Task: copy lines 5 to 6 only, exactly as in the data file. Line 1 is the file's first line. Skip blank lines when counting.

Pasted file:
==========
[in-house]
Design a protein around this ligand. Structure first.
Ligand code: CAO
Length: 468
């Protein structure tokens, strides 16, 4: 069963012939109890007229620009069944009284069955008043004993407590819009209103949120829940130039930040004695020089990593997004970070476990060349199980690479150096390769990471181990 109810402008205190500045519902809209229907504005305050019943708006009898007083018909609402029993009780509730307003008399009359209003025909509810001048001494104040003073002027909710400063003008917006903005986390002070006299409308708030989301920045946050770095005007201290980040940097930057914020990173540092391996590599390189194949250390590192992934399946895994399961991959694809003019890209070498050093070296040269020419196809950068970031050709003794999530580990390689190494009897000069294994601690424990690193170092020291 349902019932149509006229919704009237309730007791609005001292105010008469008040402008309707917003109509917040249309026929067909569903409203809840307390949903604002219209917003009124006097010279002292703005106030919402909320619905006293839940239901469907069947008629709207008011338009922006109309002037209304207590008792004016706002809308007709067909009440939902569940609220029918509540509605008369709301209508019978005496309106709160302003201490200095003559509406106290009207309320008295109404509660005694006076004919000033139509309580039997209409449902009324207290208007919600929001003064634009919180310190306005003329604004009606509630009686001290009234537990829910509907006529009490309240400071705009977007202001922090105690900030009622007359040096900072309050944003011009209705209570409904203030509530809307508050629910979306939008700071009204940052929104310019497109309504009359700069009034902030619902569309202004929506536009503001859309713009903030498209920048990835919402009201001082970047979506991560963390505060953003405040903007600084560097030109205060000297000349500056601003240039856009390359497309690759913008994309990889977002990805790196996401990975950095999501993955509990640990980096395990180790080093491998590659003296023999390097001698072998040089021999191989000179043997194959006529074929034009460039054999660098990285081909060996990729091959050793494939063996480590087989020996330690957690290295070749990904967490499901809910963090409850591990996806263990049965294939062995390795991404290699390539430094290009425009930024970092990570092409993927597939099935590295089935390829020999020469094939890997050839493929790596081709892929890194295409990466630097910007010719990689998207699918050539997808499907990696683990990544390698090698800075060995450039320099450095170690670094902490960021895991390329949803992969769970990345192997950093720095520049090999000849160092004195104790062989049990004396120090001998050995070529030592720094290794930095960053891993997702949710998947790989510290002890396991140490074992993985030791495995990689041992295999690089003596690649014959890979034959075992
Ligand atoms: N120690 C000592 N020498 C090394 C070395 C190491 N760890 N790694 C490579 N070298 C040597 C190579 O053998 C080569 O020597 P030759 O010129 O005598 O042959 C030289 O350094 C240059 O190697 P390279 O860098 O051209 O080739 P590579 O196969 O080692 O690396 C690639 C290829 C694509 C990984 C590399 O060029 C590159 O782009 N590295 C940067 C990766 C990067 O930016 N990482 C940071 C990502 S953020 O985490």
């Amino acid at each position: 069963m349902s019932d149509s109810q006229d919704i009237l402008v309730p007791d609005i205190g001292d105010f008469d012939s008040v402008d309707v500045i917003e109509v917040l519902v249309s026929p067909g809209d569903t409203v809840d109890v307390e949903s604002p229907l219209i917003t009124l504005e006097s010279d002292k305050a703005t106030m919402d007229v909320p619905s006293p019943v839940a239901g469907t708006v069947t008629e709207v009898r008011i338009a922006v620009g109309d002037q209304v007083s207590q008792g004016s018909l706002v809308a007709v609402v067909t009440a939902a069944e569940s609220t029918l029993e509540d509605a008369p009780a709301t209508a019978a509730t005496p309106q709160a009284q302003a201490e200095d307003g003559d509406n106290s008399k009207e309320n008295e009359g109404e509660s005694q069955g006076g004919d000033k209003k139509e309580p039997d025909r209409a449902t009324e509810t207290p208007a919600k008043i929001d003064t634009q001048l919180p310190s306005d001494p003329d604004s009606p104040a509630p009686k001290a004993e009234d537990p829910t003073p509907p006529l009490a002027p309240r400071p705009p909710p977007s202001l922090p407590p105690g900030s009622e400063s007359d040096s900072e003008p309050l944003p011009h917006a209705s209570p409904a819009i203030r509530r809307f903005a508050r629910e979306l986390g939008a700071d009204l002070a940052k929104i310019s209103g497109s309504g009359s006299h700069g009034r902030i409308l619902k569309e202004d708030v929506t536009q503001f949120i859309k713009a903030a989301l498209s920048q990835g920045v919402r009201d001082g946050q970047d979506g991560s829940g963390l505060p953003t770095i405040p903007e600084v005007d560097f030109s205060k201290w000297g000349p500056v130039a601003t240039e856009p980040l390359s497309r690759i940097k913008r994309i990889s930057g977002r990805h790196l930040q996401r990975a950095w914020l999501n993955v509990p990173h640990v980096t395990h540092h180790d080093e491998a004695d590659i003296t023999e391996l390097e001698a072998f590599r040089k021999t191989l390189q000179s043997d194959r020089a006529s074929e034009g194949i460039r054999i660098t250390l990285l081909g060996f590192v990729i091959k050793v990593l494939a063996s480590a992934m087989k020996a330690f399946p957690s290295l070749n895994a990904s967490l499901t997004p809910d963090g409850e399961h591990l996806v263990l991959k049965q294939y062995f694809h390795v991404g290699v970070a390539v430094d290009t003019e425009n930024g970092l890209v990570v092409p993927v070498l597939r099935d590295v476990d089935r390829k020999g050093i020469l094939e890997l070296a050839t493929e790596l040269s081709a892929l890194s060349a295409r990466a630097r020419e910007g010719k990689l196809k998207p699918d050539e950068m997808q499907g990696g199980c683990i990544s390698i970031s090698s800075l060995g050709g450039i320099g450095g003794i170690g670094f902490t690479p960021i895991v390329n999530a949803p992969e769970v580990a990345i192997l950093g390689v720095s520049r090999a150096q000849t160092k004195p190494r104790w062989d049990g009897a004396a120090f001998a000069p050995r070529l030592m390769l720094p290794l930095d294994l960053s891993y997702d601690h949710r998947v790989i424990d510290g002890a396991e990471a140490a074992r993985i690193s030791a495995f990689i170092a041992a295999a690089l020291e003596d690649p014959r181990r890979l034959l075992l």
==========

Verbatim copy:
């Protein structure tokens, strides 16, 4: 069963012939109890007229620009069944009284069955008043004993407590819009209103949120829940130039930040004695020089990593997004970070476990060349199980690479150096390769990471181990 109810402008205190500045519902809209229907504005305050019943708006009898007083018909609402029993009780509730307003008399009359209003025909509810001048001494104040003073002027909710400063003008917006903005986390002070006299409308708030989301920045946050770095005007201290980040940097930057914020990173540092391996590599390189194949250390590192992934399946895994399961991959694809003019890209070498050093070296040269020419196809950068970031050709003794999530580990390689190494009897000069294994601690424990690193170092020291 349902019932149509006229919704009237309730007791609005001292105010008469008040402008309707917003109509917040249309026929067909569903409203809840307390949903604002219209917003009124006097010279002292703005106030919402909320619905006293839940239901469907069947008629709207008011338009922006109309002037209304207590008792004016706002809308007709067909009440939902569940609220029918509540509605008369709301209508019978005496309106709160302003201490200095003559509406106290009207309320008295109404509660005694006076004919000033139509309580039997209409449902009324207290208007919600929001003064634009919180310190306005003329604004009606509630009686001290009234537990829910509907006529009490309240400071705009977007202001922090105690900030009622007359040096900072309050944003011009209705209570409904203030509530809307508050629910979306939008700071009204940052929104310019497109309504009359700069009034902030619902569309202004929506536009503001859309713009903030498209920048990835919402009201001082970047979506991560963390505060953003405040903007600084560097030109205060000297000349500056601003240039856009390359497309690759913008994309990889977002990805790196996401990975950095999501993955509990640990980096395990180790080093491998590659003296023999390097001698072998040089021999191989000179043997194959006529074929034009460039054999660098990285081909060996990729091959050793494939063996480590087989020996330690957690290295070749990904967490499901809910963090409850591990996806263990049965294939062995390795991404290699390539430094290009425009930024970092990570092409993927597939099935590295089935390829020999020469094939890997050839493929790596081709892929890194295409990466630097910007010719990689998207699918050539997808499907990696683990990544390698090698800075060995450039320099450095170690670094902490960021895991390329949803992969769970990345192997950093720095520049090999000849160092004195104790062989049990004396120090001998050995070529030592720094290794930095960053891993997702949710998947790989510290002890396991140490074992993985030791495995990689041992295999690089003596690649014959890979034959075992
Ligand atoms: N120690 C000592 N020498 C090394 C070395 C190491 N760890 N790694 C490579 N070298 C040597 C190579 O053998 C080569 O020597 P030759 O010129 O005598 O042959 C030289 O350094 C240059 O190697 P390279 O860098 O051209 O080739 P590579 O196969 O080692 O690396 C690639 C290829 C694509 C990984 C590399 O060029 C590159 O782009 N590295 C940067 C990766 C990067 O930016 N990482 C940071 C990502 S953020 O985490």